This opinion piece by Chief Justice Christopher Hinkson, Supreme Court of BC was originally published in The Vancouver Sun
As Chief Justice of the Supreme Court of British Columbia, I am responsible for the administration of the court. In keeping with the principle of judicial independence, a chief justice will rarely comment on the rulings of other judges of the court, and I do not intend to do so in the comments that follow. I do, however, feel compelled to respond to attacks that undermine public confidence in the rule of law and the judicial institution itself. I refer to recent opinion pieces by Ian Mulgrew concerning Cotton v. Berry and Cambie Surgeries Corporation v. British Columbia (Attorney General).
I do not wish to suggest that courts should be immunized from media scrutiny. In R. v. Kopyto, Mr. Justice Cory, then at the Ontario Court of Appeal, stated that judges are to expect criticism, even intemperate criticism, because of their role in democratic society: “Some criticism may be well founded, some suggestions for change worth adopting. But the courts are not fragile flowers that will wither in the hot heat of controversy. … They need not fear criticism nor need they seek to sustain unnecessary barriers to complaints about their operations or decisions.”
Comments critical of the decisions of judges are perfectly acceptable. Those that misconstrue the facts of a case or its procedural history, or that disparage the personal integrity of a judge, in my view overstep the bounds of responsible journalism, mislead the public, and threaten to unfairly bring the administration of justice into disrepute.
In the face of unwarranted criticism about a judge or the court, the legal profession has special responsibilities to uphold the independence and integrity of the courts by speaking out publicly. That is what happened last month, when the Law Society of British Columbia and the B.C. Branch of the Canadian Bar Association responded to the inflammatory column by Mr. Mulgrew concerning the divorce case Cotton v. Berry decided by Justice Gray. I agree with and adopt the comments expressed by member of the profession and retired Chief Judge Carol Baird Ellan regarding Mr. Mulgrew’s commentary on the case and the unforeseen tragic aftermath.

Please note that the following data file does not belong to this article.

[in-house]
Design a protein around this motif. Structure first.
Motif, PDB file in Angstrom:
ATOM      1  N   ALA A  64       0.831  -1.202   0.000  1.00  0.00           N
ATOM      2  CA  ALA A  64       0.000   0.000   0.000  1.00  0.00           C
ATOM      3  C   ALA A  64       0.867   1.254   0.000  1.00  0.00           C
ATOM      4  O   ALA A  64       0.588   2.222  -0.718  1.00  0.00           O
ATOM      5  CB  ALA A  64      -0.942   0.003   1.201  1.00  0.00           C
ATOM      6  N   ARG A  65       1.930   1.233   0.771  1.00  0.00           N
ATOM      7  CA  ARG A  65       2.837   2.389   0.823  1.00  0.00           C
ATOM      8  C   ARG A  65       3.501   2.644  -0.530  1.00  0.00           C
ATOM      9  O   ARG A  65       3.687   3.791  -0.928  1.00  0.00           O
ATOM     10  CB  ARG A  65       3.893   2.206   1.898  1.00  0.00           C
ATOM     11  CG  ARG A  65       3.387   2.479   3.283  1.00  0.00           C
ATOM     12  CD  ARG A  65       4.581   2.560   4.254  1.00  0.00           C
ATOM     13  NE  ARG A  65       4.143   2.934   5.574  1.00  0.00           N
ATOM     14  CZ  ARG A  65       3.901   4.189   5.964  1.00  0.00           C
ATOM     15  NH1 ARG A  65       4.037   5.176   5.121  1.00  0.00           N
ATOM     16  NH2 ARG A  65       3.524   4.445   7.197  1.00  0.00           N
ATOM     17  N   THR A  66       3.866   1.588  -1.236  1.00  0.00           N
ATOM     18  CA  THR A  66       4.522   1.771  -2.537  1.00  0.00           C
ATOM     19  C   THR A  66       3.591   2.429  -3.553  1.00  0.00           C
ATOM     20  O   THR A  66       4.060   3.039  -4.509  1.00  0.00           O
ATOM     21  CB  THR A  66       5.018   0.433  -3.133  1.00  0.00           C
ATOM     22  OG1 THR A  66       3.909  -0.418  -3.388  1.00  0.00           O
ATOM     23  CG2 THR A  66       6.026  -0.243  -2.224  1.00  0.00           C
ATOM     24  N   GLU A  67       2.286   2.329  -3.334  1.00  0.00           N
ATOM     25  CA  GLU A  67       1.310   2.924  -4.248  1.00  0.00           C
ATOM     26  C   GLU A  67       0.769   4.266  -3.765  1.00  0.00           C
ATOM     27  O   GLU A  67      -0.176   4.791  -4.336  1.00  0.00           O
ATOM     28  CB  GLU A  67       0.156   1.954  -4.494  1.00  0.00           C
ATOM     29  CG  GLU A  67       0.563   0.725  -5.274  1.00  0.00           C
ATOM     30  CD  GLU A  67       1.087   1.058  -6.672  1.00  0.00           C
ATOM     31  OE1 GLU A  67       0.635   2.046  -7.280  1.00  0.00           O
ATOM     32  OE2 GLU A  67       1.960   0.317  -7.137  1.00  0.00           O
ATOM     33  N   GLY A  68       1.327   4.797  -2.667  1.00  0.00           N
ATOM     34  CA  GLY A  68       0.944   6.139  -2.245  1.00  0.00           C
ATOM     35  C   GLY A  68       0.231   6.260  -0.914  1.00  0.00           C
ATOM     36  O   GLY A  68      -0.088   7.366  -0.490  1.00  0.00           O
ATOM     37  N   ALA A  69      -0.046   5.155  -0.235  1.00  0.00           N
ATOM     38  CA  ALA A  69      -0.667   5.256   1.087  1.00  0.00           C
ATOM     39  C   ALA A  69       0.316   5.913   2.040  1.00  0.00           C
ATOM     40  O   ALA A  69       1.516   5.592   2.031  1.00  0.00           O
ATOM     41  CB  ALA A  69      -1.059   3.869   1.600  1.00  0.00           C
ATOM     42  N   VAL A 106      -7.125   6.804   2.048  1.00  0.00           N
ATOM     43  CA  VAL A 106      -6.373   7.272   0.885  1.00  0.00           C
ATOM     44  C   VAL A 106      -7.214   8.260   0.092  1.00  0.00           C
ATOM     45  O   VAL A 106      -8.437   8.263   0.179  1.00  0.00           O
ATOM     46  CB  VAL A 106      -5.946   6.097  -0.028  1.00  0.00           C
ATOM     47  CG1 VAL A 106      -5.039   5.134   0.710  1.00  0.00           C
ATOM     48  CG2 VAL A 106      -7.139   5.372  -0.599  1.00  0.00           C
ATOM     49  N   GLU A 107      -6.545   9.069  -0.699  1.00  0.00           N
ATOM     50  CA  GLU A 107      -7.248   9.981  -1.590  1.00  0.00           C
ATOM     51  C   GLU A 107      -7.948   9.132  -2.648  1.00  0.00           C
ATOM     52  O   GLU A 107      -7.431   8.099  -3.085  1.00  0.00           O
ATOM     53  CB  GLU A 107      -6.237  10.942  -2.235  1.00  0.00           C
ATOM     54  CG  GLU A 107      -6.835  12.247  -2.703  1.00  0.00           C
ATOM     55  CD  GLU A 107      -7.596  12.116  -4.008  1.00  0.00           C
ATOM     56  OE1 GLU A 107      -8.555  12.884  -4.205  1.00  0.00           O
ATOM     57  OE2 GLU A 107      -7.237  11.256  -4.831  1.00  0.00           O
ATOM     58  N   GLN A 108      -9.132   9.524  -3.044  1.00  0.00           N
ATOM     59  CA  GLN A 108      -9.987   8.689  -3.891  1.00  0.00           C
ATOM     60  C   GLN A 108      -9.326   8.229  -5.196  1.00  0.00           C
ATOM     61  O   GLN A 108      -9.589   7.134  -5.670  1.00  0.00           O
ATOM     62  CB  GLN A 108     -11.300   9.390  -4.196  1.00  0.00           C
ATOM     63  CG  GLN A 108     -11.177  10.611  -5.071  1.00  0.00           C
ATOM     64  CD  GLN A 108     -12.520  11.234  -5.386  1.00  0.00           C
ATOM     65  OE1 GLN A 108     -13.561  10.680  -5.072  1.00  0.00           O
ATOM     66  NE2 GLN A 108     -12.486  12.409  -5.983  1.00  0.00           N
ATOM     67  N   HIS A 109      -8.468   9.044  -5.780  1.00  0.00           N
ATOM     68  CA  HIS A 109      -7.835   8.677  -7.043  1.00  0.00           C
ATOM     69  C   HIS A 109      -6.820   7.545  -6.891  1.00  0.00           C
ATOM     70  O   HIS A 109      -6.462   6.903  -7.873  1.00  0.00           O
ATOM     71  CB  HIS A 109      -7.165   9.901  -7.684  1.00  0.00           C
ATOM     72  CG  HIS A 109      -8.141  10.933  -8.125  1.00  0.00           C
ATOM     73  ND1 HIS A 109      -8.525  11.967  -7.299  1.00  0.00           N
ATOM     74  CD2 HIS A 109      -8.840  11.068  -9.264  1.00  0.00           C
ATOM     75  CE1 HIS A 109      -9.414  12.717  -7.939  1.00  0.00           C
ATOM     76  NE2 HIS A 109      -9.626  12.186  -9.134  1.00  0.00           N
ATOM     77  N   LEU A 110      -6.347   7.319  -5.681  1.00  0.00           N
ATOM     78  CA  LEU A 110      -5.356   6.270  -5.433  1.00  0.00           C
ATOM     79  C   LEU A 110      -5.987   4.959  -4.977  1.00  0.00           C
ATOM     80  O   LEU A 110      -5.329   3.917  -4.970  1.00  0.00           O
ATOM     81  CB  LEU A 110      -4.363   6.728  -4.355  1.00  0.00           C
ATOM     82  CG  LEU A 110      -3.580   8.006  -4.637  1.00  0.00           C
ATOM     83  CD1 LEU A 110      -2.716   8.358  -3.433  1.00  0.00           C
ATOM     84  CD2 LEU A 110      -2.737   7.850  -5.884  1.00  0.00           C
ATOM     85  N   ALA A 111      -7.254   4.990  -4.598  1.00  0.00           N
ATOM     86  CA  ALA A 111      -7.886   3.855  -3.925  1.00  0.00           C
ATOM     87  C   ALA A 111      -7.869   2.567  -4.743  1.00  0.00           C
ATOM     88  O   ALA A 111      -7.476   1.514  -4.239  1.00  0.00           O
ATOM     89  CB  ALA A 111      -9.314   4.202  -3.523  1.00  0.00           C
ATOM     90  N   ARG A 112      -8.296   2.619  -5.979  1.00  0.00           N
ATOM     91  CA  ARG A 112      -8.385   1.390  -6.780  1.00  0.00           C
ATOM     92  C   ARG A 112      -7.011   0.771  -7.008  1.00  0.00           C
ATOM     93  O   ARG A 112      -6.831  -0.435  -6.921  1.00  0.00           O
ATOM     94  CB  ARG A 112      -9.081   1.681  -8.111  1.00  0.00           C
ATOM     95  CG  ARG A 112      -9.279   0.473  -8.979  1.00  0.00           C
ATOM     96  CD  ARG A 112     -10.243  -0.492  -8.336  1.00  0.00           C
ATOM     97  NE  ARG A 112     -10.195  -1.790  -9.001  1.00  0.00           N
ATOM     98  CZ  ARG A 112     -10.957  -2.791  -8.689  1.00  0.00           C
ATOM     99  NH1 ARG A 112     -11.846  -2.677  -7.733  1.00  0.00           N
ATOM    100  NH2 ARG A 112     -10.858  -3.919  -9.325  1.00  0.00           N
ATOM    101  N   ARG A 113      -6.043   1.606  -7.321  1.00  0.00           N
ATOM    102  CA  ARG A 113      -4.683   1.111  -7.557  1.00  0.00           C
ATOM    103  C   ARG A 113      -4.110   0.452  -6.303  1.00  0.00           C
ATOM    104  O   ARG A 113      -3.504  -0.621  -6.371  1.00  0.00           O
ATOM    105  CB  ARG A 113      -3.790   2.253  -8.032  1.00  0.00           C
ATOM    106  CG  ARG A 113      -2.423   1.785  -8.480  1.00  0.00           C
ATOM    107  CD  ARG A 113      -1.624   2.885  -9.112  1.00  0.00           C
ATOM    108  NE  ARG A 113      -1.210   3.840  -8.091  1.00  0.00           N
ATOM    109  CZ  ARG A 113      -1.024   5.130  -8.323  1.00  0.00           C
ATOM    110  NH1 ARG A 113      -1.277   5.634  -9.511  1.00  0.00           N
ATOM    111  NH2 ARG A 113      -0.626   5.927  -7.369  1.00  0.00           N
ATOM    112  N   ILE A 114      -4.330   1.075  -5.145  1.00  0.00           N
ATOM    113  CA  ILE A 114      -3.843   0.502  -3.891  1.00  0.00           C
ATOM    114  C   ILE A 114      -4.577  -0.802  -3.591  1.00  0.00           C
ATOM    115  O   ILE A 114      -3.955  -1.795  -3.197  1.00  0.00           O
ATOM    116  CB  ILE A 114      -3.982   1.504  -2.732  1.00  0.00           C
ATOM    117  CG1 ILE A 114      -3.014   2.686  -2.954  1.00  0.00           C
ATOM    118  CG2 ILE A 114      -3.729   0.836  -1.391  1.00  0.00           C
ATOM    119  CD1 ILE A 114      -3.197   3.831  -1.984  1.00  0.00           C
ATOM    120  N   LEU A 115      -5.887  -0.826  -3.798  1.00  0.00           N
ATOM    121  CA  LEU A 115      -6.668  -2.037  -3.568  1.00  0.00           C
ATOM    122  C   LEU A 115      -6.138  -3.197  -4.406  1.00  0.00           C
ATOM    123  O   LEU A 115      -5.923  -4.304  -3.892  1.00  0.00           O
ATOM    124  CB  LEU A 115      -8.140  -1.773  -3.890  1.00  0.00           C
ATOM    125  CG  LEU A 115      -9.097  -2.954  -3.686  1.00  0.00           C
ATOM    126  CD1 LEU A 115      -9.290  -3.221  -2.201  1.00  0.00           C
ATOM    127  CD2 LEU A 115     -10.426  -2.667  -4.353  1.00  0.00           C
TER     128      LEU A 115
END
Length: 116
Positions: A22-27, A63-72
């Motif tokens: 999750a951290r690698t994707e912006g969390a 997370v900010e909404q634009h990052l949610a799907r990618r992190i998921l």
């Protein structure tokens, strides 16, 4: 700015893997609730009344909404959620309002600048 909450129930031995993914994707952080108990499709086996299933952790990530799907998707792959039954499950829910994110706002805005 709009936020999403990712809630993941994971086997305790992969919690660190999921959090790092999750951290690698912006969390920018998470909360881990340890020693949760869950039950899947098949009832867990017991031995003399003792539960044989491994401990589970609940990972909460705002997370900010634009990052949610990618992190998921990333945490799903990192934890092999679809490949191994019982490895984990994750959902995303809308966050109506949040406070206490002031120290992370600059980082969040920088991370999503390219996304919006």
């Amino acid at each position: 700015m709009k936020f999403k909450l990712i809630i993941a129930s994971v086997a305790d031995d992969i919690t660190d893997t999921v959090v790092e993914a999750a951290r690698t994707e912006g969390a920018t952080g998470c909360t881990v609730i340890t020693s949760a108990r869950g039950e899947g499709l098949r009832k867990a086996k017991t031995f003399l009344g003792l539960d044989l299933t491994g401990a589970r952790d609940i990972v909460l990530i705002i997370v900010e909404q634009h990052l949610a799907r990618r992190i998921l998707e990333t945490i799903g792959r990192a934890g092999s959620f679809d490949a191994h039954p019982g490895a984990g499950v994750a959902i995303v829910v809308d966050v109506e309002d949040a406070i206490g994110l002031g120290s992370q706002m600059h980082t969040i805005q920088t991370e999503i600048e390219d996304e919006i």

The subsequent article titled “Medical trial showcases legal complacency” inaccurately and unfairly misconstrues the procedural history and nature of the Cambie Surgeries trial, a complex constitutional case of considerable significance to Canadians and Canadian society. Judges do not enjoy the luxury of defining issues they are asked to hear. Those familiar with our system of justice understand that that is the role of counsel or litigants. Delays in this case have been caused by disputes between the parties over evidentiary issues and their late cancellation of hearing dates that they booked. Justice Steeves has issued 25 rulings on pre-trial matters that the parties have been unable to resolve between themselves. By way of example of the erroneous statements in Mulgrew’s article, Justice Steeves has allowed the submission of Brandeis briefs in this case limited to the social science evidence.
In Canadian Broadcasting Corp. v. Canada (Attorney General), the Supreme Court of Canada warned that “Freedom of the press and the fair administration of justice are essential to the proper functioning of a democratic society and must be harmonized with one another. Each one is just as vital as the other. Freedom of the press cannot foster self-fulfilment, democratic discourse and truth finding if it has a negative impact on the fair administration of justice.”
Public confidence in the justice system of this country is fundamental to a democratic society. That confidence cannot be maintained if the media inaccurately reports or distorts the decisions of the courts.